and then elaborated on the theme to supply a variant which points out the supposed superiority of the Christian worldview. Commenting on the verse in a letter to Steele, he writes: 'You have it, as Cowley calls it, just warm from the brain; it came to me the first moment I waked this morning; yet you'll see it was not so absolutely inspiration, but that I had in my head not only the poem of Hadrian, but the fine fragment of Sappho.'
Alexander Pope, 1712
The Dying Christian to His Soul
Vital spark of heav’nly flame,
Quit, oh, quit, this mortal frame!
Trembling, hoping, ling’ring, flying,
Oh, the pain, the bliss of dying!
Cease, fond Nature, cease thy strife,
And let me languish into life!
Hark! they whisper; Angels say,
Sister Spirit, come away.
What is this absorbs me quite,
Steals my senses, shuts my sight,
Drowns my spirits, draws my breath?
Tell me, my Soul! can this be Death?
The world recedes; it disappears;
Heav’n opens on my eyes; my ears
With sounds seraphic ring:
Lend, lend your wings! I mount! I fly!
O Grave! where is thy Victory?
O Death! where is thy Sting?
'This Ode was written in imitation of the famous Sonnet of Hadrian to his departing soul; but as much superior in its sense and sublimity to its Original, as the Christian religion is to the pagan,' William Warburton (1698 - 1779), Bishop of Gloucester (1759 - 1779), confidently asserts in his notes to Pope's works. He is, perhaps, not the proper judge of such a matter, and the final couplet is, of course, not Pope at all but comes from 1 Corinthians 15:55 of the King James Bible.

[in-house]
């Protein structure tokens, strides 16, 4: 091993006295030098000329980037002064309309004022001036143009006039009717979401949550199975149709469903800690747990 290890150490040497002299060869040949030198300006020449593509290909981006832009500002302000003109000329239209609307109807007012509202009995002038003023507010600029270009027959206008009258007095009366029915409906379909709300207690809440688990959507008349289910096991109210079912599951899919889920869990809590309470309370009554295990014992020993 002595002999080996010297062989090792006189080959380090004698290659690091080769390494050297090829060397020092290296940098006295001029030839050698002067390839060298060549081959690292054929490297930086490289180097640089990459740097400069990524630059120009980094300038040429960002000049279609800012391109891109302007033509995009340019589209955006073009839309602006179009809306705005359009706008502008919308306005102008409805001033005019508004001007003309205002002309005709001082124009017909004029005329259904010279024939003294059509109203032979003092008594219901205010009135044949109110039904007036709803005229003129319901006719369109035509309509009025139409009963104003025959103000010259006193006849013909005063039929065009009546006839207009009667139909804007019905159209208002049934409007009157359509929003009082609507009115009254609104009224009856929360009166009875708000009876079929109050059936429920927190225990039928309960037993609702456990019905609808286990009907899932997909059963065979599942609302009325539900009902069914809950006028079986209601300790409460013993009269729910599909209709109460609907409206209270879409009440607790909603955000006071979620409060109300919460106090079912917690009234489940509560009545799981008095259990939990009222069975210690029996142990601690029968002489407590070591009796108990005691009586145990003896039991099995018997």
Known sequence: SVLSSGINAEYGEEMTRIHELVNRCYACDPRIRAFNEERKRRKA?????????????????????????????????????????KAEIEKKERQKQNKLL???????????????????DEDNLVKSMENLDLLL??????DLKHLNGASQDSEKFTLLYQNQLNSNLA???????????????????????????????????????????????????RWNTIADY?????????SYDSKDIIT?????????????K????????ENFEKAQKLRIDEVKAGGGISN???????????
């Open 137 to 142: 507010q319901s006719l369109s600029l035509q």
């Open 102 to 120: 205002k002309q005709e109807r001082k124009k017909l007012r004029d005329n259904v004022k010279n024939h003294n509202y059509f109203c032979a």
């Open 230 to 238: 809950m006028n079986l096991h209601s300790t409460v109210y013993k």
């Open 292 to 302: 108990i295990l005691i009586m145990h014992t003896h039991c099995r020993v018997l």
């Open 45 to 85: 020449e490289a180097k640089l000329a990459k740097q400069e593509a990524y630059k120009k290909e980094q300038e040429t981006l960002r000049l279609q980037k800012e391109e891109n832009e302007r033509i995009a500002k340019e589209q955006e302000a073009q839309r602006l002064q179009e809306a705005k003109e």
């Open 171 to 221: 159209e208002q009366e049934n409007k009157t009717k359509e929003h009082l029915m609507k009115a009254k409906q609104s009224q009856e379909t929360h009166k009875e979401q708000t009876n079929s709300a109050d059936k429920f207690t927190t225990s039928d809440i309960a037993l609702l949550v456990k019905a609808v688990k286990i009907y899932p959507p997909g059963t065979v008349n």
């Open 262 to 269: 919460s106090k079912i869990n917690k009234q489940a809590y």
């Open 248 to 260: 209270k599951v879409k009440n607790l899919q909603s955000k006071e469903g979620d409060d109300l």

Aside from that, it seems that Pope had, as Roscoe points out, perhaps unknowingly, regurgitated some of his reading:
Thomas Flatman (1637 - 1688)
When on my sick bed I languish,
Full of sorrow, full of anguish,
Fainting, gasping, trembling, crying,
Panting, groaning, speechless, dying,
My soul just now about to take her flight
Into the region of eternal night;
O tell me, you
That have been long below,
What shall I do?
What shall I think, when cruel Death appears
That may extenuate my fears?
Methinks I hear some gentle spirit say:
Be not fearful, come away!
Think with thyself that now thou shalt be free
And find thy long-expected liberty;
Better thou may'st, but worse thou can'st not be
Than in this vale of tears and misery.
Like Caesar, with assurance then come on,
And unamaz'd attempt the laurel crown,
That lies on t'other side Death’s Rubicon.
We are left asking what of the original poem actually belonged to Pope. Flatman has surely written a poem of much superior logical consistency, and the idea of death as a release from the stresses and strains, the tears and the misery of this life lends credibility to his final words of encouragement.
Pope's presentation of death as a sort of orgasmic apotheosis seems ridiculous. All that can be said is that, cobbled together as it is of several different sources, with doubtful premises and absurd conclusions, it nevertheless reads well.